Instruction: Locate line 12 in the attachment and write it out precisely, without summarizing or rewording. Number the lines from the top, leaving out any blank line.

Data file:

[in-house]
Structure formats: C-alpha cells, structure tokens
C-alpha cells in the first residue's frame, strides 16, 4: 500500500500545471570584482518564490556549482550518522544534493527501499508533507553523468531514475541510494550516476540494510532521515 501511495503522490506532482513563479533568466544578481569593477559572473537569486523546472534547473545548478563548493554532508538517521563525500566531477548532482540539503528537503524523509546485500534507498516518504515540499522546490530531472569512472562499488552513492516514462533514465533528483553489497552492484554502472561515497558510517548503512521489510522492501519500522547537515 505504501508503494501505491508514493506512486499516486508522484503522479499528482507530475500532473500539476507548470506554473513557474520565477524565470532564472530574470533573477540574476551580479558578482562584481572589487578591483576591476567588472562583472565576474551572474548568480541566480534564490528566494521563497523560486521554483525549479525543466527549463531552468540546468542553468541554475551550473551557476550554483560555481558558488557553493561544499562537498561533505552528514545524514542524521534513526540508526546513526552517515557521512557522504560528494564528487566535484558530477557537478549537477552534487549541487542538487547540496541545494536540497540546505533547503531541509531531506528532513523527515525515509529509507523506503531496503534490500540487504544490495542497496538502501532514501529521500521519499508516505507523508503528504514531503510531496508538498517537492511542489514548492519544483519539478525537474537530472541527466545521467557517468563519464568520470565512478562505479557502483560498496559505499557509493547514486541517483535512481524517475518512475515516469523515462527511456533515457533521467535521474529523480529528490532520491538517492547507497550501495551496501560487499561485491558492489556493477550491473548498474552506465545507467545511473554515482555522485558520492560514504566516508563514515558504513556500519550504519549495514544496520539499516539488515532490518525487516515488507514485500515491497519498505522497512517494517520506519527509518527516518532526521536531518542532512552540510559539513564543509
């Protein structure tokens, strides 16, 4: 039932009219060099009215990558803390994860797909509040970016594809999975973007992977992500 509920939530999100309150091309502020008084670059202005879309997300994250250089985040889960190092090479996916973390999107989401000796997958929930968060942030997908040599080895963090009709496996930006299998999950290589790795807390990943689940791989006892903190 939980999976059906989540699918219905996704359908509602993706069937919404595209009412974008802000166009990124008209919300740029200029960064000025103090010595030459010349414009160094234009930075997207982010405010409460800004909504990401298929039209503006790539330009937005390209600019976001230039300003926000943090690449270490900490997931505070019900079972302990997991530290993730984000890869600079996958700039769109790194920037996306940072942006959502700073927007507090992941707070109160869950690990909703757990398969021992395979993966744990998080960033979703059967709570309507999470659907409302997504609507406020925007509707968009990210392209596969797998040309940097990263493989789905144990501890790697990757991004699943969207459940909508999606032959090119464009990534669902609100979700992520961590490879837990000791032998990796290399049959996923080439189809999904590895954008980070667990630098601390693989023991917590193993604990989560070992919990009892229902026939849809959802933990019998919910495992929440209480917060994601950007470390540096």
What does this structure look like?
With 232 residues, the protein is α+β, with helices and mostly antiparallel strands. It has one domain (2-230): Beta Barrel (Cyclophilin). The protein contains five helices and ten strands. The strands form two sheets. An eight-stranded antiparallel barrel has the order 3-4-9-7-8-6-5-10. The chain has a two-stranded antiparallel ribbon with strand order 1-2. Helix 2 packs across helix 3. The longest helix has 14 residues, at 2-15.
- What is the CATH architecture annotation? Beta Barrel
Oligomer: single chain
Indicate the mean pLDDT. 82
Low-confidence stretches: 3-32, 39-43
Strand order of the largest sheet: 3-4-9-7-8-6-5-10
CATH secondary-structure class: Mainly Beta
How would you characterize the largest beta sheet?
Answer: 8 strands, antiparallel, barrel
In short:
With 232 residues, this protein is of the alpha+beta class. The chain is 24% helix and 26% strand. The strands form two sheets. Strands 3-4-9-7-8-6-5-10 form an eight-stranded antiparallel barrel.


CATH secondary-structure class: Mainly Beta